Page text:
Women in Tennessee Williams' A Streetcar Named Desire and Arthur Miller's Death of a Salesman
The part of Stella and Linda are both archetypal female figures in
that they follow the typical fictional role of the submissive wife and
mother. In A Streetcar Named Desire, Stella DuBois (renamed Mrs.
Stanley Kowalski) supports and forgives her husband, defending him
against any criticism. Likewise, in Death of a Salesman, Linda - the
only female character with any import - is a meek, timid figure around
her husband. This weakness is underscored by the sentence structure
and diction that each character uses when in conflict with their
husband. As both Tennessee Williams and Arthur Miller are men, it can
be seen that their female characters tend to be what men would desire
in women, without giving a too-accurate portrayal of an actual person.
Stella and Linda are both symbols of the deferential wife and mother,
not convincing portraits of women.
Stella and Linda are both thought of only in relation to the other
characters. They exist to support their husbands and defend them from
other characters. Both Stella and Linda attempt to blind themselves to
their husbands' flaws, and apologize to other characters for their
husbands' actions. When Stanley gets drunk, smashes the radio and
window, and hits Stella, Stella must apologize to Blanche for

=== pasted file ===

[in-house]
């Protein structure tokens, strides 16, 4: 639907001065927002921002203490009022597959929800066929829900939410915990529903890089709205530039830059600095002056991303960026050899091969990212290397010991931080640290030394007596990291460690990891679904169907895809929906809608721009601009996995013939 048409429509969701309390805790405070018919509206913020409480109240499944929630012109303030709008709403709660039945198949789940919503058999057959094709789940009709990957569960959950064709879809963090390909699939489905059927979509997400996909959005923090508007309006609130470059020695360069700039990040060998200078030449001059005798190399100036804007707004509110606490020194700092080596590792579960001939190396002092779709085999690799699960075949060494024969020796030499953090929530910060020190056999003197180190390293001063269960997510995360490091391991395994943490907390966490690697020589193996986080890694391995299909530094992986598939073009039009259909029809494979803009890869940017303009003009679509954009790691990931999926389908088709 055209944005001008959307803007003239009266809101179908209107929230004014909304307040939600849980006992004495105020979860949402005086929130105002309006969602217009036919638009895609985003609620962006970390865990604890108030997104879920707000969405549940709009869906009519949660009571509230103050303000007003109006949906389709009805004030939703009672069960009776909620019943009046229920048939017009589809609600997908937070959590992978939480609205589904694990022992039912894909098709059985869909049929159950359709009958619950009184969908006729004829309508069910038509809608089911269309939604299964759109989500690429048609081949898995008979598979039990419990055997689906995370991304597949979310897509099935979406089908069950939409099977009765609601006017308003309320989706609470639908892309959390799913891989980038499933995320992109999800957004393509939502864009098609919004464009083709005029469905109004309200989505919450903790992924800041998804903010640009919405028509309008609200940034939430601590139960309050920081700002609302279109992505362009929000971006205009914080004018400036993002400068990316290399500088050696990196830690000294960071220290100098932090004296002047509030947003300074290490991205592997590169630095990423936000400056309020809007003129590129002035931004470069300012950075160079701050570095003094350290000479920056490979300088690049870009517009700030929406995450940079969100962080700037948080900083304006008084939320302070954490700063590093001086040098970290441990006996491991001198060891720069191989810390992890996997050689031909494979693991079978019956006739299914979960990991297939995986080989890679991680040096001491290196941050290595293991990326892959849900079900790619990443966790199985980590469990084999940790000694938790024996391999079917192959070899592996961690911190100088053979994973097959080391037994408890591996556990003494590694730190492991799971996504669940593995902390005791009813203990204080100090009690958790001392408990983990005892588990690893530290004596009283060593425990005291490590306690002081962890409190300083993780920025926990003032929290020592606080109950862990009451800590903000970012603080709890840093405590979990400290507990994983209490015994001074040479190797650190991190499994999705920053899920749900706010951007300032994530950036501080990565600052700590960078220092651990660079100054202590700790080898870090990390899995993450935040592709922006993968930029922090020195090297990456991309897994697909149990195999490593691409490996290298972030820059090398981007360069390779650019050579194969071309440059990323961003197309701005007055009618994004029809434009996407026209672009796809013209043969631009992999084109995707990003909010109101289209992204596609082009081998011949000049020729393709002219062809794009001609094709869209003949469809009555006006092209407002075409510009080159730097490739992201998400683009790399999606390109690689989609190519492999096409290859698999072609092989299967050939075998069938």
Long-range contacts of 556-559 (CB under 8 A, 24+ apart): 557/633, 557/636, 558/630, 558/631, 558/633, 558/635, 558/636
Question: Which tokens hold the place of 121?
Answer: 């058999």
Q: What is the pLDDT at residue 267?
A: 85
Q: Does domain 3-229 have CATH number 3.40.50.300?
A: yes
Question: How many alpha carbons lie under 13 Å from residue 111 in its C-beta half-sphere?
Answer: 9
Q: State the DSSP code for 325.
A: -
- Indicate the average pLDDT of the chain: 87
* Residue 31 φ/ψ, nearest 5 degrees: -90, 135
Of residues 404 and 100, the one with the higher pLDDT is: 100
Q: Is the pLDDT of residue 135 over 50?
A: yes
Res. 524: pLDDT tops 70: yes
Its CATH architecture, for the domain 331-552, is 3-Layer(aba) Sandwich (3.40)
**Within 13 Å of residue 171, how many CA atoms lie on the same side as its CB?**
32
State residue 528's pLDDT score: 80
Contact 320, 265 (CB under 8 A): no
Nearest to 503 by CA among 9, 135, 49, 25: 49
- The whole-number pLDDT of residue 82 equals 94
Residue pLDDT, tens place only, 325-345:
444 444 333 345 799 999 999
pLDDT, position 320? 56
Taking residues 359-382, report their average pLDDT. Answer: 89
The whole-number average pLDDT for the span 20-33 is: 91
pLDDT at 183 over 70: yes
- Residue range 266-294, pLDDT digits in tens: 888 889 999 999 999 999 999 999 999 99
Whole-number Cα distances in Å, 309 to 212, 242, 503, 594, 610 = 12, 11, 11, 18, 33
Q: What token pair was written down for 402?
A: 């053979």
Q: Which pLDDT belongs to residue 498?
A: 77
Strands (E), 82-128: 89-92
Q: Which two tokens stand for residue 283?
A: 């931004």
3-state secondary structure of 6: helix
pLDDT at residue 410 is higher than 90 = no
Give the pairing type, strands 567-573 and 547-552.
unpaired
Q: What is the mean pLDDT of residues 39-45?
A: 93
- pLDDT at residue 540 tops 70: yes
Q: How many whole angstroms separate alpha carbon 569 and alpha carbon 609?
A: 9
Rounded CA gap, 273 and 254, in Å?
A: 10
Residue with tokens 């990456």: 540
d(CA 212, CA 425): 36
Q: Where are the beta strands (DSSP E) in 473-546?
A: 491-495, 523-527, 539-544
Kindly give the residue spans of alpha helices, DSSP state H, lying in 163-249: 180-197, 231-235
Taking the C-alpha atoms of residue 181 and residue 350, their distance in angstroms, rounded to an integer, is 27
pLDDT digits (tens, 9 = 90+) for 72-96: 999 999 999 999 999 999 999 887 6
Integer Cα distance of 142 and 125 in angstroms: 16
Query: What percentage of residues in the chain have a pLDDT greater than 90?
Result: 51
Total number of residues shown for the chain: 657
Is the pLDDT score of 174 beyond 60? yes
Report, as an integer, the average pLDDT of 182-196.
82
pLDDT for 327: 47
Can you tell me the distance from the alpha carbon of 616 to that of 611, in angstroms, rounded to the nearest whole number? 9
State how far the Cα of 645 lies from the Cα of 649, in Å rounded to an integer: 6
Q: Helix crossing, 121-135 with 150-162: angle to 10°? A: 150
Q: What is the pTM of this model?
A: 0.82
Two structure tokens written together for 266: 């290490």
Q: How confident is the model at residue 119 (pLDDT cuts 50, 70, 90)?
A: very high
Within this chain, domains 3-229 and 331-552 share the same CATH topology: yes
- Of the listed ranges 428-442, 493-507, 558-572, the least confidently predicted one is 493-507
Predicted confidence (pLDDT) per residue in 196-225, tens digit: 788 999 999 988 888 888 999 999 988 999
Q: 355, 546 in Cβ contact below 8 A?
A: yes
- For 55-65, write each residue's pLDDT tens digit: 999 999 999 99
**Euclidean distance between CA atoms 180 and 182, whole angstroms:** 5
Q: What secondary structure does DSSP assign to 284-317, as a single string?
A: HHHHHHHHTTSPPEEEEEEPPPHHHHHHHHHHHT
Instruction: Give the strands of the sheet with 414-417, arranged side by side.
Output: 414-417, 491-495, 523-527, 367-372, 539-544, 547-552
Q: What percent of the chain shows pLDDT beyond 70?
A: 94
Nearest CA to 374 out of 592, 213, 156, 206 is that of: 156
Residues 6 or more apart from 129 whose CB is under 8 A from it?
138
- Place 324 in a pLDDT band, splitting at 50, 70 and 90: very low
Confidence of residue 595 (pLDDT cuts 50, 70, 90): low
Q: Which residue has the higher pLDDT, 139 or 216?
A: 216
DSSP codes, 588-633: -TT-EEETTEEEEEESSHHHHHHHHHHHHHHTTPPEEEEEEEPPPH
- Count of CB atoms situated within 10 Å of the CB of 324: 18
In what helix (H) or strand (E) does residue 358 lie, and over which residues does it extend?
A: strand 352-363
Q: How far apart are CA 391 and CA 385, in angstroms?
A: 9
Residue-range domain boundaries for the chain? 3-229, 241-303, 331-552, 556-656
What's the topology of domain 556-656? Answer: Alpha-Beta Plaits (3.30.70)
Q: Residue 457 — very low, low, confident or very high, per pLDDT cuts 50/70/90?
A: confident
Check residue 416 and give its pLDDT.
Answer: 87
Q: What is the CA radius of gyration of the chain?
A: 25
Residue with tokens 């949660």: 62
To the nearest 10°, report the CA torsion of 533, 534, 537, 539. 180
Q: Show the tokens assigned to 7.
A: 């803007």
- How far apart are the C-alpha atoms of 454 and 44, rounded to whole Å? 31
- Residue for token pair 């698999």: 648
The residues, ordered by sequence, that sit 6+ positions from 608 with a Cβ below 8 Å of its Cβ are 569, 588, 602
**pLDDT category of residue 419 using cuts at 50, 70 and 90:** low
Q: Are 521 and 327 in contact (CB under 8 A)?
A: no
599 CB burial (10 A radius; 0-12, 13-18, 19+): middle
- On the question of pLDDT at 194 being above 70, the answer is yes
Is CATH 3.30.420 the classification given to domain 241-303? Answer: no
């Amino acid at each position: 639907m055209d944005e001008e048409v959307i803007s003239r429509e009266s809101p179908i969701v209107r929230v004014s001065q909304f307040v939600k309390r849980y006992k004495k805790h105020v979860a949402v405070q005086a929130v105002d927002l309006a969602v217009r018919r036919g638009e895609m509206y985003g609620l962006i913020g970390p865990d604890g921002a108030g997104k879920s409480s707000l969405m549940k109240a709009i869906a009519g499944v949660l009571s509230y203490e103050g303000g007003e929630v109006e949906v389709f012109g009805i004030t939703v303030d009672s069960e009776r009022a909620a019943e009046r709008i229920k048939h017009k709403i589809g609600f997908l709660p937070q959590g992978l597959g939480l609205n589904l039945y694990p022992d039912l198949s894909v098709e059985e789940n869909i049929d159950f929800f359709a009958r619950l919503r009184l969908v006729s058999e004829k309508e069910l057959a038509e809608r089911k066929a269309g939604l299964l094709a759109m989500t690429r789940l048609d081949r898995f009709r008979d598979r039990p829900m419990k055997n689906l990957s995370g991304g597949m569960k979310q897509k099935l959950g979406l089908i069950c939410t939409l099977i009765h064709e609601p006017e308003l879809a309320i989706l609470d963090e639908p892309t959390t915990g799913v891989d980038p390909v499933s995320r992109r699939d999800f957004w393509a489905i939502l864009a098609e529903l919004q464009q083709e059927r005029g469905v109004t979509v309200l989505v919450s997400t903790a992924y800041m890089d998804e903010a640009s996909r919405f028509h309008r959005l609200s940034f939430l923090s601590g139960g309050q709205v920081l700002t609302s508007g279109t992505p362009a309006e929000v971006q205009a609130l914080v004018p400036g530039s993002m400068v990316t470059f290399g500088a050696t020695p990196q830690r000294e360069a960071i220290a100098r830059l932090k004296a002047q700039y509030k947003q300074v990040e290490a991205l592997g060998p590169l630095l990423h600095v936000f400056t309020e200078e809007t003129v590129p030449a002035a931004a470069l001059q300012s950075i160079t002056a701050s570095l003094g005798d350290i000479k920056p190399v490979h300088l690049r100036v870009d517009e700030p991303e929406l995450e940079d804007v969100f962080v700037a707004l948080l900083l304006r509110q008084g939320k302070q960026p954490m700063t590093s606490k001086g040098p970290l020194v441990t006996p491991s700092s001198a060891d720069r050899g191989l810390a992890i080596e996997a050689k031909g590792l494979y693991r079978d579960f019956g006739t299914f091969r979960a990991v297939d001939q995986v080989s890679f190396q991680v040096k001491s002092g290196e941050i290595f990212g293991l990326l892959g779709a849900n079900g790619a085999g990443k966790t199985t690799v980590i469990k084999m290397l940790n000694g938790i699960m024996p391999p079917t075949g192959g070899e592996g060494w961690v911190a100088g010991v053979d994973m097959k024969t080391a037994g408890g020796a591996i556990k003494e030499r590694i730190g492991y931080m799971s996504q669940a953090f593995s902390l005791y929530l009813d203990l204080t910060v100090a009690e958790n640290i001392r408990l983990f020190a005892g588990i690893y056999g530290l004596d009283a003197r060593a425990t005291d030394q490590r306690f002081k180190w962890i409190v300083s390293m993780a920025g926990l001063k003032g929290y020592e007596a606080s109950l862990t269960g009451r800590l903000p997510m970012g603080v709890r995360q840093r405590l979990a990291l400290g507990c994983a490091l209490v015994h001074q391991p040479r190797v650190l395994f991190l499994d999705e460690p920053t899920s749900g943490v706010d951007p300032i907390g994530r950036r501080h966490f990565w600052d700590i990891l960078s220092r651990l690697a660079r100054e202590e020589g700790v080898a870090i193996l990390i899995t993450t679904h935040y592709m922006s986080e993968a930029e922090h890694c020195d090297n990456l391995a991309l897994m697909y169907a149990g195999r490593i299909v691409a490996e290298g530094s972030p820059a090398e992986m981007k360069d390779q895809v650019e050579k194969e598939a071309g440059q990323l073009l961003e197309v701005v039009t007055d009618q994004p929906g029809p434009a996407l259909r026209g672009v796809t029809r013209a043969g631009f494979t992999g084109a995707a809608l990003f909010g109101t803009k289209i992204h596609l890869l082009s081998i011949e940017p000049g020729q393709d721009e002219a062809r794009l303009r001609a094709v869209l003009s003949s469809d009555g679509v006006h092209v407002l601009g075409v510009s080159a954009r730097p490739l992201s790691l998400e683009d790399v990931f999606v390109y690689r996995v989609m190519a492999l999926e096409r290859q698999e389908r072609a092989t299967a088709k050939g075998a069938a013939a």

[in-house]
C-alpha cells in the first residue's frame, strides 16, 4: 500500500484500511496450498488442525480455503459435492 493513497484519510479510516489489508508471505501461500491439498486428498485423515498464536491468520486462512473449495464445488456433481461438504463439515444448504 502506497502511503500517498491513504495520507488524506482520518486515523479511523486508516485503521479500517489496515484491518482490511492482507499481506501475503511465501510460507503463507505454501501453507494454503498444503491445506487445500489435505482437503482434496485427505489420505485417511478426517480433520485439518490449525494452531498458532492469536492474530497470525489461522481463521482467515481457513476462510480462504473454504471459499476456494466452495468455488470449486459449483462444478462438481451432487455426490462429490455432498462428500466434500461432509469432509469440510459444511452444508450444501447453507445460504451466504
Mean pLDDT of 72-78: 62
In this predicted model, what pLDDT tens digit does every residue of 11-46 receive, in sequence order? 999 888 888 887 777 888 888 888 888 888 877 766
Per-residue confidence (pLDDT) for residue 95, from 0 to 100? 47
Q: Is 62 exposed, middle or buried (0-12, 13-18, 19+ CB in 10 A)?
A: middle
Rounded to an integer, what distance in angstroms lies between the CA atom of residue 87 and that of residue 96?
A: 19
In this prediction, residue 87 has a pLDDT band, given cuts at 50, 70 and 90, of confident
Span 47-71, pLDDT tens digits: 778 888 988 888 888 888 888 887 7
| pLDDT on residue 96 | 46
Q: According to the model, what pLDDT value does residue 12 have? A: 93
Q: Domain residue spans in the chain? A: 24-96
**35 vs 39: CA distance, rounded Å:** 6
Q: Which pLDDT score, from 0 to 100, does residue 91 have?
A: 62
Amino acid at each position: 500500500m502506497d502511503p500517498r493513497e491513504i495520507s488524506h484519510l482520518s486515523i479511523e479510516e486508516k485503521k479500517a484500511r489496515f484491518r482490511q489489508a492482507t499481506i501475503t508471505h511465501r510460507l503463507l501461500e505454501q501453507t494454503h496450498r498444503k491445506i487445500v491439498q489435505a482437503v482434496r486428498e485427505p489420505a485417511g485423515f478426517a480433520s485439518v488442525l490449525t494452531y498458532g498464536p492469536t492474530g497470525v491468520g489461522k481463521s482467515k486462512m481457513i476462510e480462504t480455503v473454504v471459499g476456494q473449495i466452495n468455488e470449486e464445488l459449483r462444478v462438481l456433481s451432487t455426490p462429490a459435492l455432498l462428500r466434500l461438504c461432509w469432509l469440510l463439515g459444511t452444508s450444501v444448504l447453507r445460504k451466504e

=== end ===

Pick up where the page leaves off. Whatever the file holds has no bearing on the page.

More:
Stanley's behavior: "He's half-drunk!"; "He didn't know what he was
doing... He was as good as a lamb when I came back and he's really
very, very ashamed of himself." All that Stella can do is make excuses
for his behavior, not blaming him for anything: "People have got to
tolerate each others' habits, I guess." It is in this scene (4) that
the audience truly sees Stella as a woman who will give her husband
anything, including the excuses he needs to continue his behavior -
"you saw him at his worst last night." Linda, as well, must excuse
Willy's continual shouting and talking to himself: "It's when you come
home he's always the worst." She blinds herself to Willy's flaws and
mental instability - "It'll pass by morning." - and it is this
blindness that helps him in his downward stumble. It is possible that
many men desire this sort of unconditional support and forgiveness -
who ever wants to be blamed for their mistakes and behavior - but it
is unrealistic to show a woman who tolerates this action even to the
point that they end up hurting their husband, or another character.
Linda's blindness leads indirectly to Willy's suicide, and Stella's
unwillingness to open her eyes to Stanley's actions ends with Blanche
being taken away to a mental institution.
Both of these characters also forgive their husbands in spite of their
abuse, and back down during any conflict. Stella in scene 3 is hit by
Stanley; during the poker scene he "gives a loud whack...